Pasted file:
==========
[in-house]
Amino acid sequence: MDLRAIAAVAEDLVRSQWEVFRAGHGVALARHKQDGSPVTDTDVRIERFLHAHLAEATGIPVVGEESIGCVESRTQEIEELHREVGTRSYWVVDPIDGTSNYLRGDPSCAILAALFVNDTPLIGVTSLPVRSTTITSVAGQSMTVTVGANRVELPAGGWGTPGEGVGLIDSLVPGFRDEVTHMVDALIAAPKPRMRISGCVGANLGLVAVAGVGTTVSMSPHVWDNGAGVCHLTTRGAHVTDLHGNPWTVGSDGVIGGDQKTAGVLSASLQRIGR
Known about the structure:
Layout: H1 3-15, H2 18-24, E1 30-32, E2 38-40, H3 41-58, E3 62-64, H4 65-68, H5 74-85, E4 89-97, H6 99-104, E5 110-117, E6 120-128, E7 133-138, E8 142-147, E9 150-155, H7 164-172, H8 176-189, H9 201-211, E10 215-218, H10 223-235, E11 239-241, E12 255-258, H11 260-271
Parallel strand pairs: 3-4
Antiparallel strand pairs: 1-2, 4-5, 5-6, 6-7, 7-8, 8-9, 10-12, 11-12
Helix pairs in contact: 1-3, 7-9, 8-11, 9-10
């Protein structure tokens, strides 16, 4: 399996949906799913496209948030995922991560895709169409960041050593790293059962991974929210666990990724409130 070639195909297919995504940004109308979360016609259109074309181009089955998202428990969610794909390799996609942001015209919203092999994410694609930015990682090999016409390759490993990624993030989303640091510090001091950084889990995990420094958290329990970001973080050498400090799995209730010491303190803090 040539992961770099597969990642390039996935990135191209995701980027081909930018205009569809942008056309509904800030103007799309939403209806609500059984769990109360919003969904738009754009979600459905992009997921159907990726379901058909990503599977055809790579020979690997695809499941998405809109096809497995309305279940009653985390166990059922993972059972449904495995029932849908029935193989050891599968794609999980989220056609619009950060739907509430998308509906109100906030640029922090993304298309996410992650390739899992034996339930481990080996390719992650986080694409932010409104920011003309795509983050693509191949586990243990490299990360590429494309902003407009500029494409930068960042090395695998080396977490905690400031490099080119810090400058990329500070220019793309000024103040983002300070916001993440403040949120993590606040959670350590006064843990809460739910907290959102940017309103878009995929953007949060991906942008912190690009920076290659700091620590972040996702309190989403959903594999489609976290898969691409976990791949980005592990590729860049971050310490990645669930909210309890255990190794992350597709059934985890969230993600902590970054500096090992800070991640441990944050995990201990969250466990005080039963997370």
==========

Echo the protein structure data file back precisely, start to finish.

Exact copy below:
[in-house]
Amino acid sequence: MDLRAIAAVAEDLVRSQWEVFRAGHGVALARHKQDGSPVTDTDVRIERFLHAHLAEATGIPVVGEESIGCVESRTQEIEELHREVGTRSYWVVDPIDGTSNYLRGDPSCAILAALFVNDTPLIGVTSLPVRSTTITSVAGQSMTVTVGANRVELPAGGWGTPGEGVGLIDSLVPGFRDEVTHMVDALIAAPKPRMRISGCVGANLGLVAVAGVGTTVSMSPHVWDNGAGVCHLTTRGAHVTDLHGNPWTVGSDGVIGGDQKTAGVLSASLQRIGR
Known about the structure:
Layout: H1 3-15, H2 18-24, E1 30-32, E2 38-40, H3 41-58, E3 62-64, H4 65-68, H5 74-85, E4 89-97, H6 99-104, E5 110-117, E6 120-128, E7 133-138, E8 142-147, E9 150-155, H7 164-172, H8 176-189, H9 201-211, E10 215-218, H10 223-235, E11 239-241, E12 255-258, H11 260-271
Parallel strand pairs: 3-4
Antiparallel strand pairs: 1-2, 4-5, 5-6, 6-7, 7-8, 8-9, 10-12, 11-12
Helix pairs in contact: 1-3, 7-9, 8-11, 9-10
């Protein structure tokens, strides 16, 4: 399996949906799913496209948030995922991560895709169409960041050593790293059962991974929210666990990724409130 070639195909297919995504940004109308979360016609259109074309181009089955998202428990969610794909390799996609942001015209919203092999994410694609930015990682090999016409390759490993990624993030989303640091510090001091950084889990995990420094958290329990970001973080050498400090799995209730010491303190803090 040539992961770099597969990642390039996935990135191209995701980027081909930018205009569809942008056309509904800030103007799309939403209806609500059984769990109360919003969904738009754009979600459905992009997921159907990726379901058909990503599977055809790579020979690997695809499941998405809109096809497995309305279940009653985390166990059922993972059972449904495995029932849908029935193989050891599968794609999980989220056609619009950060739907509430998308509906109100906030640029922090993304298309996410992650390739899992034996339930481990080996390719992650986080694409932010409104920011003309795509983050693509191949586990243990490299990360590429494309902003407009500029494409930068960042090395695998080396977490905690400031490099080119810090400058990329500070220019793309000024103040983002300070916001993440403040949120993590606040959670350590006064843990809460739910907290959102940017309103878009995929953007949060991906942008912190690009920076290659700091620590972040996702309190989403959903594999489609976290898969691409976990791949980005592990590729860049971050310490990645669930909210309890255990190794992350597709059934985890969230993600902590970054500096090992800070991640441990944050995990201990969250466990005080039963997370």